Sergio Ramírez: The solution in Nicaragua must be peaceful

and with a united opposition

Nicaraguan author Sergio Ramírez.  Photo: Orlando Barria / EFE

The Nicaraguan writer declared that the Ortega regime is headed “toward a totalitarian model more closed than Somoza’s.”

By EFE / Confidencial

HAVANA TIMES – The solution to the political and social crisis that Nicaragua is going through must be peaceful and the opposition, now in exile, must play a decisive role in it, setting aside personal interests, said Nicaraguan writer Sergio Ramirez, exiled in Spain.

“The end [of the dictatorship] should not be bloody, it should not be violent” because Nicaragua “does not want or would tolerate a new civil war or more violent episodes,” Ramirez said in an interview in Santo Domingo, Dominican Republic, where he is this week for the tenth edition of the literary festival Centroamerica Cuenta.

A political alternative

To do this, an opposition political alternative must be built “from exile,” said Ramirez, declared “stateless” by the government of Daniel Ortega.

The opposition “has to be united around a basic program for the establishment of democracy,” said the 2017 Cervantes Prize winner, who acknowledged that this “will not be easy,” but everything depends on the political will of the opposition leaders.

“When pettiness and personal interests are put aside and they come up with a single program to restore democracy, that’s a piece of cake, but you have to have the political will to do it,” said the 80-year-old writer, who recently finished his new novel, provisionally titled “The Wooden Horse” and which will be released in February 2024.

Ramirez, who was vice president of Nicaragua during the first presidential term of Daniel Ortega (1985-1990), emphasized “the way out has to be democratic.”

“How it is going to happen, I don’t know, but it has to be built,” he said.

Nicaragua has been going through a political and social crisis since April 2018. Since then, Ramírez recalled in the interview with EFE, the citizenship of hundreds of opponents has been withdrawn, different media, private universities, and thousands of non-governmental organizations have been closed, “and the courts are at the service of the regime” which, in his opinion, “closes itself more and more”.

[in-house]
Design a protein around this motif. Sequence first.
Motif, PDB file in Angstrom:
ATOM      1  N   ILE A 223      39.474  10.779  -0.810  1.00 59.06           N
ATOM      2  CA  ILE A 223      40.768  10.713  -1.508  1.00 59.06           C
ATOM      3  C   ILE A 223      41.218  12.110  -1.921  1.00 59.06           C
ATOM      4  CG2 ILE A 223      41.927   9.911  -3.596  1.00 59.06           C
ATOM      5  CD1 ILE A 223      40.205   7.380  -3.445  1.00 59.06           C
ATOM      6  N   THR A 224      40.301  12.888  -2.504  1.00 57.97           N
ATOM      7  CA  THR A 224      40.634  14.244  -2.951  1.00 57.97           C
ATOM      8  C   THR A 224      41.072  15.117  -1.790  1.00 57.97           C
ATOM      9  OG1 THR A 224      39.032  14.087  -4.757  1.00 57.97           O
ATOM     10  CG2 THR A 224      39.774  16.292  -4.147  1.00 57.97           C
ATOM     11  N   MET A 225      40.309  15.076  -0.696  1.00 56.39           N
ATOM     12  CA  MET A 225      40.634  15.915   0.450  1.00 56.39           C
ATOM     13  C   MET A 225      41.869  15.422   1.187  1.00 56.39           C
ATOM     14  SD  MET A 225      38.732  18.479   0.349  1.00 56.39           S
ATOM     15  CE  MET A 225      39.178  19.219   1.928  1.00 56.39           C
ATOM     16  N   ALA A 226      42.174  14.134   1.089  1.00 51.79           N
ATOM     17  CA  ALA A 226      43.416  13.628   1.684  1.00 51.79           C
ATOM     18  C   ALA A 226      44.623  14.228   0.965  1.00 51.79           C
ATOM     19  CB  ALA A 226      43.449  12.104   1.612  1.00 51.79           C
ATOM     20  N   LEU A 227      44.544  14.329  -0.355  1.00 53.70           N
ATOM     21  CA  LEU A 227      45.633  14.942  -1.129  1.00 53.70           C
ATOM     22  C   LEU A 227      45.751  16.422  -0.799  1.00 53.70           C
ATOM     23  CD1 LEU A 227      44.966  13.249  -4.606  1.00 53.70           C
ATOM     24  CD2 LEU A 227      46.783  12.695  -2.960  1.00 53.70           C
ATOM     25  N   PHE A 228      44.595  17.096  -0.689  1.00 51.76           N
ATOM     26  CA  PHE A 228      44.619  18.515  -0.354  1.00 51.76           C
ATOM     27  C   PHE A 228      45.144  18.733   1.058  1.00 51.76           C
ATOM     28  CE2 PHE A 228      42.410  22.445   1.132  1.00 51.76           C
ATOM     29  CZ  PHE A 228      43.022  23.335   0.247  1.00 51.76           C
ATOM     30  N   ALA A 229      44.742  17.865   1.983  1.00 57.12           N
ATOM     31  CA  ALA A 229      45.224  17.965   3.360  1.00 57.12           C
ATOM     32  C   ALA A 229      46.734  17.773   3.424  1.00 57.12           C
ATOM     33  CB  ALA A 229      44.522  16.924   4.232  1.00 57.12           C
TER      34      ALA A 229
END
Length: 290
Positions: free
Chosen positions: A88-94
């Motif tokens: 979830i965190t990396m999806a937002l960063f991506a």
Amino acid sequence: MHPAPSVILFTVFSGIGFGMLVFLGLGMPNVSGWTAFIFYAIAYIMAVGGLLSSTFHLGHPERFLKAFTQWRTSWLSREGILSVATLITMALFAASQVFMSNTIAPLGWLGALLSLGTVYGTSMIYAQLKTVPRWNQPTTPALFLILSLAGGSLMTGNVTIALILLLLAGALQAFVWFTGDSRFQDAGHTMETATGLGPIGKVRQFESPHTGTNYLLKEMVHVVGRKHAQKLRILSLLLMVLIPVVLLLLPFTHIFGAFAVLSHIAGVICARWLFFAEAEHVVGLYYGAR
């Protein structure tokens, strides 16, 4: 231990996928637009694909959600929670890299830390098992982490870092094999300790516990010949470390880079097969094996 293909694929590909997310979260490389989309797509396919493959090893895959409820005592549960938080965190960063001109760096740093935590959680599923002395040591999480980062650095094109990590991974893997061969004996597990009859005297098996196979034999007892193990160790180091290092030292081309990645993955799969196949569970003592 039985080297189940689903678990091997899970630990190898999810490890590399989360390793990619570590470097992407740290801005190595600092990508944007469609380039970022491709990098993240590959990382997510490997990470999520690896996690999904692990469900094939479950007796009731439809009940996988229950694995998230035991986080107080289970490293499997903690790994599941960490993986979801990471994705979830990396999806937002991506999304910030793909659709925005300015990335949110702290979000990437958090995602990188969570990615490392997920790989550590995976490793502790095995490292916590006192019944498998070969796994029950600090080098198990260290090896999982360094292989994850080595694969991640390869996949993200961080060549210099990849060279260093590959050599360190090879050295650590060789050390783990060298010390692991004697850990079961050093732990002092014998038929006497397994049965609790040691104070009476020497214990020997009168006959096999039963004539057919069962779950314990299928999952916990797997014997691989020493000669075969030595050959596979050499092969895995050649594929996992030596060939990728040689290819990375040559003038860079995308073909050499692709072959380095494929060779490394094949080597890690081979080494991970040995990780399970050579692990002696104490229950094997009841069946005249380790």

Ramirez believes the Ortega regime is headed “towards a totalitarian model more closed than Somoza’s.”

The dawn will come to Nicaragua

Despite this panorama, the author of novels such as “The Dance of the Mask” or “Nobody Cries for Me Anymore” sees the future of his country “with great hope.”

“It’s getting darker, but it’s going to dawn,” said Ramírez, who was issued an arrest warrant in 2021 while he was in Spain and just three months ago became one of the 94 people targeted by the Ortega regime. They took away their Nicaraguan nationality, just like 222 released political prisoners days earlier.

Last week the Ortega regime suspended 25 opposition lawyers for life, including Ramírez, for whom this decision “is a bad joke” because, although he graduated as a lawyer, he has never practiced the profession.

However, in the case of the other 24 lawyers, “human rights defenders”, “it is an absurd revenge,” since they are all in exile.

“It’s adding salt to the wound,” stressed Ramírez, who asked the international community “not to forget the increasingly extreme situation of a country subjected to a totalitarian regime.”

Nicaragua, he stressed, “does not produce any strategic mineral, it does not have oil or rare lands, but it is a country infected by a dictatorship” and “they should pay attention to it.”

The international community should be aware that this situation is there and that “Nicaraguans who are fighting in unequal conditions must not be left abandoned,” he concluded.

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